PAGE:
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Dance With Your MS

August 7th, 2015

Has being diagnosed with MS forced you to stop dancing? Many MS patients are not letting multiple sclerosis get in the way of enjoying these activities or trying new ones. Even if you aren’t particularly a fan of ballroom dance, don’t be afraid to give it a try if you deem yourself physically able.

Already proven to have positively affected patients that have Parkinson’s disease and Alzheimer’s disease, a small study shows that ballroom-style dancing can do the same for patients with MS. The recent study says that structured dance and salsa lessons could improve not only physical activity, but gait and balance in cases of MS.

The most recent study paired MS patients with partners that did not have MS. They took part in dances such as the rumba, fox-trot, waltz, swing, American tango, push-pull and salsa. The patients that were recruited for the program were those that could make their way around with minimal to moderate aid and were physically able to participate, which is obviously best for patients that pursue the activity.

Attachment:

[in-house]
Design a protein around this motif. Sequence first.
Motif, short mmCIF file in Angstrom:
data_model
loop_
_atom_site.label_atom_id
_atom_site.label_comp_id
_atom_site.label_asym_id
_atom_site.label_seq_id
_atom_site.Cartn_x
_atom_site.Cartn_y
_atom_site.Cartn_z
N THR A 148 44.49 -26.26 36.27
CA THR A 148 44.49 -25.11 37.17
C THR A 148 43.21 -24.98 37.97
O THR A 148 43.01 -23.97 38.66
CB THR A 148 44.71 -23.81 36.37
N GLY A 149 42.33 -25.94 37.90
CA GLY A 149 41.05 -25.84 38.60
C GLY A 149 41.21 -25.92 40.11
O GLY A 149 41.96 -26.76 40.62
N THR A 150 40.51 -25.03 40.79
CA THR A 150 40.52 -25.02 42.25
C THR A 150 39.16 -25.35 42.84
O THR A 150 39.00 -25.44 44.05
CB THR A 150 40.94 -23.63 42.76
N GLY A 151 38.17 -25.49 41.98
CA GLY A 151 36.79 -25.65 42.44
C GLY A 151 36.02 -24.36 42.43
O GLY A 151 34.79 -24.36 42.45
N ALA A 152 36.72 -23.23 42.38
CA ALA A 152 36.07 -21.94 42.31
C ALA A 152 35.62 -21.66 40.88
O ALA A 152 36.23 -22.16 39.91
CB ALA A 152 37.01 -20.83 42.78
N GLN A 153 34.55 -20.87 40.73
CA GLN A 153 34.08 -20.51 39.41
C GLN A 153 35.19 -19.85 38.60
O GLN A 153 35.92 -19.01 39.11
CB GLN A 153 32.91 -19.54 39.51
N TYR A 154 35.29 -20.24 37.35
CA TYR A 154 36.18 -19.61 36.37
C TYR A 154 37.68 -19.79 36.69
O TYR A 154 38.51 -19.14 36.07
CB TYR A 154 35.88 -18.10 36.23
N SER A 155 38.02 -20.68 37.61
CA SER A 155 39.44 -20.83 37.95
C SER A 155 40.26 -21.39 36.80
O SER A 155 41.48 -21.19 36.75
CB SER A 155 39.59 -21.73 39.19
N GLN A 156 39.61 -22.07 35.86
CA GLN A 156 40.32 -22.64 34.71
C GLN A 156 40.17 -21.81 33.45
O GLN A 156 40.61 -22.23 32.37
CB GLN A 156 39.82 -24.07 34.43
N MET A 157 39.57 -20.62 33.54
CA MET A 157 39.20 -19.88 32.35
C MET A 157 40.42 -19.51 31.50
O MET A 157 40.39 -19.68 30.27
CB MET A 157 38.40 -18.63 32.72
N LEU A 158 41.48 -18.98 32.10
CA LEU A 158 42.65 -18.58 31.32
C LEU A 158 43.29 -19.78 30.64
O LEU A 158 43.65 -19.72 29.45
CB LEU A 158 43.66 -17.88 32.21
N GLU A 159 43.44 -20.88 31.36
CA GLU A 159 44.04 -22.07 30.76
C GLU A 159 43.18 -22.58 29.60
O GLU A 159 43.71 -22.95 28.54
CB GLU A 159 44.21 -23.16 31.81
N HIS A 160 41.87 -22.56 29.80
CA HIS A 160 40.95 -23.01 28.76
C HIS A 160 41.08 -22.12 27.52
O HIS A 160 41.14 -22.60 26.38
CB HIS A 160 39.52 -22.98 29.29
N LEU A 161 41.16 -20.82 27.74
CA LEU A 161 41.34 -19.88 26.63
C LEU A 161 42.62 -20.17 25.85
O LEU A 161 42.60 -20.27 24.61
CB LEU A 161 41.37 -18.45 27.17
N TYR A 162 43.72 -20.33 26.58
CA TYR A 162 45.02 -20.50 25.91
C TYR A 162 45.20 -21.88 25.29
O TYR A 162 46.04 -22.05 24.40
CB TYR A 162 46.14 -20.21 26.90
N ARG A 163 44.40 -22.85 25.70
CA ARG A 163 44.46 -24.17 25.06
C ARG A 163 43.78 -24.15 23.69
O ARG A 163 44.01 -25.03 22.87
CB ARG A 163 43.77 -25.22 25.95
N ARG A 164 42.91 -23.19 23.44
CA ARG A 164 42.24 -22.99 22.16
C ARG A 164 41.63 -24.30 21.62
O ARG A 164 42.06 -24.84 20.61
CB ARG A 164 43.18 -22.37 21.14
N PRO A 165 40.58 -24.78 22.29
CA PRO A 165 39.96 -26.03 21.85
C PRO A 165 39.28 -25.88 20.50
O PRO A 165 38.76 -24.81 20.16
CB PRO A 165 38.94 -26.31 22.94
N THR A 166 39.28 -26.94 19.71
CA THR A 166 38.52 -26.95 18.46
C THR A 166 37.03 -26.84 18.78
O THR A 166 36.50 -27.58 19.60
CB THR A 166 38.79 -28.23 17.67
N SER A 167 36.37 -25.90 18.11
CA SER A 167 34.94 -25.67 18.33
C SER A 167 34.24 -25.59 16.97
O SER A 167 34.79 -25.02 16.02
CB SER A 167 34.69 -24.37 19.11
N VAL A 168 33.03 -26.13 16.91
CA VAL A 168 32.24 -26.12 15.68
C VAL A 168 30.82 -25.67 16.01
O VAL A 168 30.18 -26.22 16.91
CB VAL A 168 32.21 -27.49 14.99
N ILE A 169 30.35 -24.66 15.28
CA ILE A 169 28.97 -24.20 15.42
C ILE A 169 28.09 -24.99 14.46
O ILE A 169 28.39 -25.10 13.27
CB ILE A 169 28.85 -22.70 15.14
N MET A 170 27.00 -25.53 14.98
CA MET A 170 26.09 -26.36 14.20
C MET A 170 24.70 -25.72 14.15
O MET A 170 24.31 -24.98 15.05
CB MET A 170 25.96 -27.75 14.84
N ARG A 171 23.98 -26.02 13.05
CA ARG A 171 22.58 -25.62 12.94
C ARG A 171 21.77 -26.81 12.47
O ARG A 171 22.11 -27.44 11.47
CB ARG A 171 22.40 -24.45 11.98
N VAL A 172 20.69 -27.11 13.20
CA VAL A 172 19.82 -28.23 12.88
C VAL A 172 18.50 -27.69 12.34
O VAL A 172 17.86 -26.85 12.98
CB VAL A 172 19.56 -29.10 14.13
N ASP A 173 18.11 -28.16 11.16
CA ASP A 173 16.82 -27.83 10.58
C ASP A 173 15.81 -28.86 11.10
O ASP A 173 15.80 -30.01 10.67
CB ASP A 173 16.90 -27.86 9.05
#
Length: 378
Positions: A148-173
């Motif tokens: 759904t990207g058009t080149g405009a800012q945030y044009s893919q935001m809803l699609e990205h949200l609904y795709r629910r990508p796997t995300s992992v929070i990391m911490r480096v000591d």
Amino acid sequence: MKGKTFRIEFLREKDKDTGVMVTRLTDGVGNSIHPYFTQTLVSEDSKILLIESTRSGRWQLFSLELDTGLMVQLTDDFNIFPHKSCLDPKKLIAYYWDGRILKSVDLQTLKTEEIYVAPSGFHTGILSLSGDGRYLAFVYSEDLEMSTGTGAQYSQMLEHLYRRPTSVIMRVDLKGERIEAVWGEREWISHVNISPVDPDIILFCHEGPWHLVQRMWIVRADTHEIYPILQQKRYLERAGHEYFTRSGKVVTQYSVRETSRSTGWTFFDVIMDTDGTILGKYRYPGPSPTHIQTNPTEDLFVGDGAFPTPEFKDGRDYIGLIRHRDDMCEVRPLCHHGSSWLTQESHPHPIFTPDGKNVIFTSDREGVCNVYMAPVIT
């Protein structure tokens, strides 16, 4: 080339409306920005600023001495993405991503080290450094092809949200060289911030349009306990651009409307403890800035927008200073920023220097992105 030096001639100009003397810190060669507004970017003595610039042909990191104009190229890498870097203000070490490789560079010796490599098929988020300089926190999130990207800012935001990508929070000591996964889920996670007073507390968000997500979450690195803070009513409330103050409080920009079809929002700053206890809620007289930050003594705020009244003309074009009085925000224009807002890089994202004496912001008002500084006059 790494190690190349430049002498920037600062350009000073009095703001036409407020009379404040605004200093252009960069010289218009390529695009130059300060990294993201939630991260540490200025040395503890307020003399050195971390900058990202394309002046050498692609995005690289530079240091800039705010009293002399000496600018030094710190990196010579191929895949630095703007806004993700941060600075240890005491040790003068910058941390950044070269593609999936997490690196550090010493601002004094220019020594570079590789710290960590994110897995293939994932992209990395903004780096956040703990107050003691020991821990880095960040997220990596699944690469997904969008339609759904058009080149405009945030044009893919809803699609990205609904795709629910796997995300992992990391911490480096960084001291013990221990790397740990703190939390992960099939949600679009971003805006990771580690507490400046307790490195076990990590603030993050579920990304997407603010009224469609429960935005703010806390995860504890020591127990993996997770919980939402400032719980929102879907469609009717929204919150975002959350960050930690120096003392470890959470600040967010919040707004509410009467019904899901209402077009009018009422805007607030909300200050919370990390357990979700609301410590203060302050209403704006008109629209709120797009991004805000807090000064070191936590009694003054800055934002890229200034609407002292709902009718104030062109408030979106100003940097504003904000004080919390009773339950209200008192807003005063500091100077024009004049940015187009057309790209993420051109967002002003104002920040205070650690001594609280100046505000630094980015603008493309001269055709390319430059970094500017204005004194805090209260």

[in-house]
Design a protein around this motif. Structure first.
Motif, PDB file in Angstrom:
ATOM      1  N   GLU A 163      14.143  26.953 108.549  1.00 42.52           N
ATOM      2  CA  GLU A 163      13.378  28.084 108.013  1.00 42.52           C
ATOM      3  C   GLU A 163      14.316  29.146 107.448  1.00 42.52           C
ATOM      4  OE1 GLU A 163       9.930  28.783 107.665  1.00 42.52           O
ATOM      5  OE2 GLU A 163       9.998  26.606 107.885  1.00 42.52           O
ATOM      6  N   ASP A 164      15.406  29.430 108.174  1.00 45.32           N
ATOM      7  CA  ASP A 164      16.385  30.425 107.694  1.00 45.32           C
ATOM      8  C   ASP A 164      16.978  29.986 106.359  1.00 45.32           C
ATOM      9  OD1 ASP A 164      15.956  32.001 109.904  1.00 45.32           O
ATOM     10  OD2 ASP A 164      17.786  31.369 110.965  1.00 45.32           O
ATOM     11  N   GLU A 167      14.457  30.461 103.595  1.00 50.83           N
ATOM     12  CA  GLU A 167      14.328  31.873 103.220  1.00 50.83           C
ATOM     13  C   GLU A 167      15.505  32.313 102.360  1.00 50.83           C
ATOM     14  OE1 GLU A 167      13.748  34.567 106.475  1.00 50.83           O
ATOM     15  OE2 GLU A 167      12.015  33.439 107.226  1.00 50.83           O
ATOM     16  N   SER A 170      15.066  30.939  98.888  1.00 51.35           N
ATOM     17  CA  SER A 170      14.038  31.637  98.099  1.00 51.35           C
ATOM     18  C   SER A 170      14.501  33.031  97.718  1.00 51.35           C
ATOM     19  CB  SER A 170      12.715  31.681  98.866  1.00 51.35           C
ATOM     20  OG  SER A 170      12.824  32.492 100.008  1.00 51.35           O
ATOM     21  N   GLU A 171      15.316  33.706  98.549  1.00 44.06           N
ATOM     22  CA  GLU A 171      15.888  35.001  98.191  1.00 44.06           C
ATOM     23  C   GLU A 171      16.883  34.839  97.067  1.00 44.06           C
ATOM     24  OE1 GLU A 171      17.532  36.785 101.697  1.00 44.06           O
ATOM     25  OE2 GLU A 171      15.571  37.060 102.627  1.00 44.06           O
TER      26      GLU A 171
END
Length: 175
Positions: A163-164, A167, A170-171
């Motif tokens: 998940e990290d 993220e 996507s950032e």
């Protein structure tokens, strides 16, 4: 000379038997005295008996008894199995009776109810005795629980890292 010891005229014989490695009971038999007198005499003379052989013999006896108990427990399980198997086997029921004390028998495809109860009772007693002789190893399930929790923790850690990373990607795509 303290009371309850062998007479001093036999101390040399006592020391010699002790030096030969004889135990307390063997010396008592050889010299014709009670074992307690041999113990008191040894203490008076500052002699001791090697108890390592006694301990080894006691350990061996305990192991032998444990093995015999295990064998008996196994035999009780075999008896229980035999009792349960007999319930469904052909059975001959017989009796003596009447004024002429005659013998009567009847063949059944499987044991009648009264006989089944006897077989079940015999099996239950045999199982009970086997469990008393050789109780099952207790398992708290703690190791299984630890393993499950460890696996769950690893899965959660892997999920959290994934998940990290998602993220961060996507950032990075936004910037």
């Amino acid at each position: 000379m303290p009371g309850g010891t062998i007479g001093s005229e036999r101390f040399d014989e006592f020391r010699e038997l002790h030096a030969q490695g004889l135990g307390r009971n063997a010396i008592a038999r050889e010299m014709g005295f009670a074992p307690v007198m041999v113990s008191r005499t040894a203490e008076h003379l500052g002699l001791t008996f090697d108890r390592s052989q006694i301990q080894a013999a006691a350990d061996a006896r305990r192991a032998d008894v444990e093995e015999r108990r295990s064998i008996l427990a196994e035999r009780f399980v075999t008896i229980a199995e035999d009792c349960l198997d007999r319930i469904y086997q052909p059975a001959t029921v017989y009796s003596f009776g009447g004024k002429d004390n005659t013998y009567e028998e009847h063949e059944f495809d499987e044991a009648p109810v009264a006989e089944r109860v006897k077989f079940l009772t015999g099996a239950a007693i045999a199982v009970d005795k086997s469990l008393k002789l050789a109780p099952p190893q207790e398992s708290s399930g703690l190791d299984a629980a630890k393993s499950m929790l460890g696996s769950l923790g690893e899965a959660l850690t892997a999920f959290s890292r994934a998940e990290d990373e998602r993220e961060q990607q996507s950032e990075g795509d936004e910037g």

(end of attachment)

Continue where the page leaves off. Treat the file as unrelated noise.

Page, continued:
Taking part in the engaging activity also has potential to improve motor performance, endurance and cognition for patients. There has also been evidence found that MS-related fatigue has the potential to decrease during this due to the increased cardiovascular activity that would occur. 

Immersing yourself and your body into a new activity involving balance and rhythm is especially important for MS patients since these things also involve memory. This ultimately can have the ability to help the brain create new neurological pathways. This has to do with the neuroplasticity mechanism, where brains can ‘rewire’ themselves in order to maneuver around damage.

The activity can be extremely beneficial for social reasons as well, as one can meet many other MS patients as well as non-MS patients and be involved in a great community. 

Dance With Your MS - Fri August 07, 2015 3:37 PM